In fact, 'Blue Like Jazz' director and co-screenwriter Steve Taylor embraces the Reed College campus and it's out-of-the-box thinkers so well that the film's other characters nearly fall short in terms of being delivered a complete story arc. As such, the film's denouement, and Miller's relationship with Penny, feels underdeveloped. And while the latter may have added some needed depth to a character that comes off as superficially perfect, the former points to an aspect keeping the film from achieving a feat far more significant.
If only Taylor had invested more time in making the characters as noteworthy and three dimensional as Reed College, 'Blue Like Jazz' might have been as impressive for all of the things it was, instead of being more remarkable for what it so graciously left out.
'Blue Like Jazz' comes with a 1080p MPEG-4 codec, but despite that, the transfer is very indicative of the film's low-budget beginnings. It's not that low-budget films cannot have impressive or even excellent transfers, it's just that on the road to actually being completed, the indie film's home video push may not have received as much time and effort as their larger-budgeted counterparts. That being said: 'Blue Like Jazz' has an adequate, but largely unimpressive transfer that captures the cool, earthy tones of the film's setting, but without any real flair or true sense of depth.
Black levels are distinct throughout, which helps with the contrast on what is mostly a film absent striking changes between such levels (the film is trying to depict Portland, after all). However, distinct banding issues are present throughout, which tend to be distracting – especially during the film's indoor scenes.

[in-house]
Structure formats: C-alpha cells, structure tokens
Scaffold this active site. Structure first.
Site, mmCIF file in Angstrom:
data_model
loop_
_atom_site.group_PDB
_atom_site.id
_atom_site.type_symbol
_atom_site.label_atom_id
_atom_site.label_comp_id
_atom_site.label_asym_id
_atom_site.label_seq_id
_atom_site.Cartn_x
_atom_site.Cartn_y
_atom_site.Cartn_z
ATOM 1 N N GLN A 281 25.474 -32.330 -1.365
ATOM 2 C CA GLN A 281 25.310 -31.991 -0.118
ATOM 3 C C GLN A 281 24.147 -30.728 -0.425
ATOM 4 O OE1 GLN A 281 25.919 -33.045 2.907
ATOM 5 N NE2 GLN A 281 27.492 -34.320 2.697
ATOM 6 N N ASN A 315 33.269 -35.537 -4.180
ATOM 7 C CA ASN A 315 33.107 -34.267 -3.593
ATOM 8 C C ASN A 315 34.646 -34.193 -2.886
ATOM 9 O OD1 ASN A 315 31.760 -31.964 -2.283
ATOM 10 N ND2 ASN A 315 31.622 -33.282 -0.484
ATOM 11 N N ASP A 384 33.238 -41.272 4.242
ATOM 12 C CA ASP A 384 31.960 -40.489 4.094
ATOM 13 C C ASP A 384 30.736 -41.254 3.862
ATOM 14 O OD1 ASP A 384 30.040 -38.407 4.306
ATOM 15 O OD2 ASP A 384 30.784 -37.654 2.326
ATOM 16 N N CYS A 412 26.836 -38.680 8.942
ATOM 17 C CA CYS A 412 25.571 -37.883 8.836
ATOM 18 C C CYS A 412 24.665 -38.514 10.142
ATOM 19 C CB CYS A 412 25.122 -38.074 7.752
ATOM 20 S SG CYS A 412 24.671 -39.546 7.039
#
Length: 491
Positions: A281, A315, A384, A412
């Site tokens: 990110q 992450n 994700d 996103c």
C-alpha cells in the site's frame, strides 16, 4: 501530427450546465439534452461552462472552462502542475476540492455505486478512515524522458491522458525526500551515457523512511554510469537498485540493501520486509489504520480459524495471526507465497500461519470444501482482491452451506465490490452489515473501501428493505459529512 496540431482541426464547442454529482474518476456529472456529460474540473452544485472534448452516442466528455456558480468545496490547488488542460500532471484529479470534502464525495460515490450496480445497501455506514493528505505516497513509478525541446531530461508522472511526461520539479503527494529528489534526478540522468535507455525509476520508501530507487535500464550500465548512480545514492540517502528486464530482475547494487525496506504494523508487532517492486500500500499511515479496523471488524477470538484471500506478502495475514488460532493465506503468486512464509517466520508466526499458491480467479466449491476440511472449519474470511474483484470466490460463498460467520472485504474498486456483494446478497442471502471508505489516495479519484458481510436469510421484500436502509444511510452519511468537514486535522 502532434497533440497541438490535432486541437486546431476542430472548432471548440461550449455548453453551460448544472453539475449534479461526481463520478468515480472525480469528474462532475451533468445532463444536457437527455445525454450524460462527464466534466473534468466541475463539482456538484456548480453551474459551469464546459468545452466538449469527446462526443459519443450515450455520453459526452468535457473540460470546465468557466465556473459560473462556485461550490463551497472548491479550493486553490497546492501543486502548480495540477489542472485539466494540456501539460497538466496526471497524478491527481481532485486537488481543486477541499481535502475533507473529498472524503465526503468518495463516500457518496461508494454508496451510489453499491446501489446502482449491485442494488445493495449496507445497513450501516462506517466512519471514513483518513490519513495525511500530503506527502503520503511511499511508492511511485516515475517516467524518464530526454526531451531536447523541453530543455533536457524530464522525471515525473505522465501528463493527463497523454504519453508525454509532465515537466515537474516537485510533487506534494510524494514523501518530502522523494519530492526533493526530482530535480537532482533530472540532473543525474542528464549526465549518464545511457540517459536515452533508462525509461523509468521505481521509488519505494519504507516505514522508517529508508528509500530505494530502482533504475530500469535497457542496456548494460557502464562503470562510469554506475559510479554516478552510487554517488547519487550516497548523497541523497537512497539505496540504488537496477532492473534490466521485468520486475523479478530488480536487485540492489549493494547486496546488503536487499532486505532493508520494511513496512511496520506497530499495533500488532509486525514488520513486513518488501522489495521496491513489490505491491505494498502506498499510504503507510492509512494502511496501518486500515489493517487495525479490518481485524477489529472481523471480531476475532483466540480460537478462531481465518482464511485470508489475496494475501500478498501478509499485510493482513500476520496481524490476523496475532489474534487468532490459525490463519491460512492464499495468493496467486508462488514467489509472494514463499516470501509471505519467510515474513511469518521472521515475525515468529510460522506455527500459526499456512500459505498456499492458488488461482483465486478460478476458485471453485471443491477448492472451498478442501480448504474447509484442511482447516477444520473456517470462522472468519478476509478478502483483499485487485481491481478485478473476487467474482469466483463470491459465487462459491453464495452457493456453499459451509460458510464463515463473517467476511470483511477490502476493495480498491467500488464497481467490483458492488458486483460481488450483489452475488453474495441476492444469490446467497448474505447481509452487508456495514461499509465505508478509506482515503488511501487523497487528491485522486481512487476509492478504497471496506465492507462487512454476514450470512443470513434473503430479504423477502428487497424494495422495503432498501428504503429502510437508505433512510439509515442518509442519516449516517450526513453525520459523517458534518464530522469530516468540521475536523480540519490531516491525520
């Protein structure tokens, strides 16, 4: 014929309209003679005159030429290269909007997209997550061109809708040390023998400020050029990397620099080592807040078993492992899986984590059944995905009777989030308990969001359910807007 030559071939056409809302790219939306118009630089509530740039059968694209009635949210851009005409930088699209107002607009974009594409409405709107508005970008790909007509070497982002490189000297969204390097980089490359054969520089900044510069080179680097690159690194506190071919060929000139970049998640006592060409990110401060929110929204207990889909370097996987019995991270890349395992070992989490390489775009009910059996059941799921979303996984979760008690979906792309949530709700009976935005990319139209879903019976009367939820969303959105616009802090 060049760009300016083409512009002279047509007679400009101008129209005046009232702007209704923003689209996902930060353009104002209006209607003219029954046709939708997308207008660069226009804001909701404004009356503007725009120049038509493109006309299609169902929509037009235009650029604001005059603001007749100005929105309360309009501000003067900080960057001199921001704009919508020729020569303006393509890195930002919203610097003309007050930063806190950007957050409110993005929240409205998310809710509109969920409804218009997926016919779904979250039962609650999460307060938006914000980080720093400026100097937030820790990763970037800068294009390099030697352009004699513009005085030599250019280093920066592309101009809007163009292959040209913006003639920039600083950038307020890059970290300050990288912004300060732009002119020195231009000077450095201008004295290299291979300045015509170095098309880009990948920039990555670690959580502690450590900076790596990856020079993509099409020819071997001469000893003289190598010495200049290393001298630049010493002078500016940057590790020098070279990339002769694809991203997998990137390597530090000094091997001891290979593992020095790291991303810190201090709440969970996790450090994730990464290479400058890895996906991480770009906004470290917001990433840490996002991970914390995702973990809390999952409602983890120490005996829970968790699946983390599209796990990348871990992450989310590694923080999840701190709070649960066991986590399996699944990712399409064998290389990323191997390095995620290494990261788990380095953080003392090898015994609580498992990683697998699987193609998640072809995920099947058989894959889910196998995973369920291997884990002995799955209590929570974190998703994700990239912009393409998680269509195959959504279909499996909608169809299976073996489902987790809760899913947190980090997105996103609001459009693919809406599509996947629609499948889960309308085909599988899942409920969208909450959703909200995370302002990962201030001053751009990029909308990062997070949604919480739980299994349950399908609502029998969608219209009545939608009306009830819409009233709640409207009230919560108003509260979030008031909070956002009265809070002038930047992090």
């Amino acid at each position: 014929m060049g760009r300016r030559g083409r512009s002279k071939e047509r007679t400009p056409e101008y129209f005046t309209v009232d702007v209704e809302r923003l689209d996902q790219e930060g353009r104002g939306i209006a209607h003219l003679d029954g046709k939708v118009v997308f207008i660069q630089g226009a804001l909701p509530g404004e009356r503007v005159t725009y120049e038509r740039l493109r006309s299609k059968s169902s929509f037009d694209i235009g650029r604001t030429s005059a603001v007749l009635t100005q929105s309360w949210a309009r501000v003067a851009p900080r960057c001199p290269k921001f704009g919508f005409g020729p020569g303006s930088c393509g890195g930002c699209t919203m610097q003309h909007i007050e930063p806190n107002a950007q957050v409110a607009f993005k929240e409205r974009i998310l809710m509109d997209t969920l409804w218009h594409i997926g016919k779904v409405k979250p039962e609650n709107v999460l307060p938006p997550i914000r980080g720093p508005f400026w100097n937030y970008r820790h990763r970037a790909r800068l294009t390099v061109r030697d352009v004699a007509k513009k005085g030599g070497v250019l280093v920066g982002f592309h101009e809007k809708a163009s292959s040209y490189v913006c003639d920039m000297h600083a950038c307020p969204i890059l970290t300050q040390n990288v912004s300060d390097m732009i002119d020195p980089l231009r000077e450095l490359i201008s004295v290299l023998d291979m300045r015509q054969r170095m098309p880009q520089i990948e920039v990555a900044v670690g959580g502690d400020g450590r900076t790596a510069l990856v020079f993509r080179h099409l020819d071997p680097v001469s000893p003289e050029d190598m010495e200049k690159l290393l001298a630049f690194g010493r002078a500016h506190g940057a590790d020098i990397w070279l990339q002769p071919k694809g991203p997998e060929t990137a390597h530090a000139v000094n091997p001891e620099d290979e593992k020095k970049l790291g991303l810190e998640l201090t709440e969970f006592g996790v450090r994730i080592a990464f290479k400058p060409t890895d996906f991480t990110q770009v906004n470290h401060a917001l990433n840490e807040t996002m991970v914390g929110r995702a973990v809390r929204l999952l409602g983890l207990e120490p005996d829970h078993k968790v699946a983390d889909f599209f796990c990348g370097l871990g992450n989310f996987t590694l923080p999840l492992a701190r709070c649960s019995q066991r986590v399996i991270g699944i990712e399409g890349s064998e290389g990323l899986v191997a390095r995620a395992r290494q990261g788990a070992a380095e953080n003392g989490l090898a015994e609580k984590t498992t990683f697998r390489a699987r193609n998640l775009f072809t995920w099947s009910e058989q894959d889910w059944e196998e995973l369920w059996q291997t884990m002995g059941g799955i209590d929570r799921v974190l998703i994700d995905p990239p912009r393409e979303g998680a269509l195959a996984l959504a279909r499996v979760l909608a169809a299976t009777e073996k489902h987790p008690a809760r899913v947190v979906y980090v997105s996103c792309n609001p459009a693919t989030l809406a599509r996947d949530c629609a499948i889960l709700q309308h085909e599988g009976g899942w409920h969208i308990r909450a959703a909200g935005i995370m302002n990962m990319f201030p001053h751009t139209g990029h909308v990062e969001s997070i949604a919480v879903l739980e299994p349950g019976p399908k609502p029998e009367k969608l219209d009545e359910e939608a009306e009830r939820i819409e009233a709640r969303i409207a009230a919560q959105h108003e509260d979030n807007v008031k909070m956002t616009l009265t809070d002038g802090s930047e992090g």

While the transfer here certainly isn't horrible, it's not without it's faults, either. Ultimately, the film comes off looking soft, almost purposefully hazy – an effect that limits the appearance of any fine detail in anything other than the extreme close-up shots. As the film certainly is worth a viewing, more time and effort on the Blu-ray transfer may have been a worthwhile effort in garnering a wider audience.
The DTS-HD Master Audio 5.1 mix also feels as though it could have gone a bit further. While that is certainly not the fault of the film – 'Blue Like Jazz' has little more going on than dialogue and voiceovers – there is the occasional music performance or bits from the film's score that vacillate between sounding very good and somewhat questionable. In one instance, the film's soundtrack exhibits excellent fidelity and is presented with rich bass and clear tones throughout, while another example leaves the music sounding rather tinny and hollow.
Surround sound is virtually non-existent in the film, most of the dialogue is pushed robustly though the center and front channels, but when the settings change to a raucous party or a mess hall filled with applauding students, the rear channels create an acceptable amount of imaging and surround to lift the scene above the mostly one-sided affair that makes up the rest of the film's audio.
All told, 'Blue Like Jazz' pulls off the impressive feat of being that truly rare example of a Christian film that holds firm to its beliefs, but not to the exclusion of the countless other viewpoints in existence. Often subtle, completely accessible and, most importantly, tolerant, 'Blue Like Jazz' offers itself as a Christian film targeting secular and religious audiences, and having the kind of well-acted, familiar coming of age story that is capable of entertaining them both. The Blu-ray release is a complete package that while falling a little short on the film's presentation doesn't fail to provide ample additional material to make the viewing more comprehensive and enjoyable.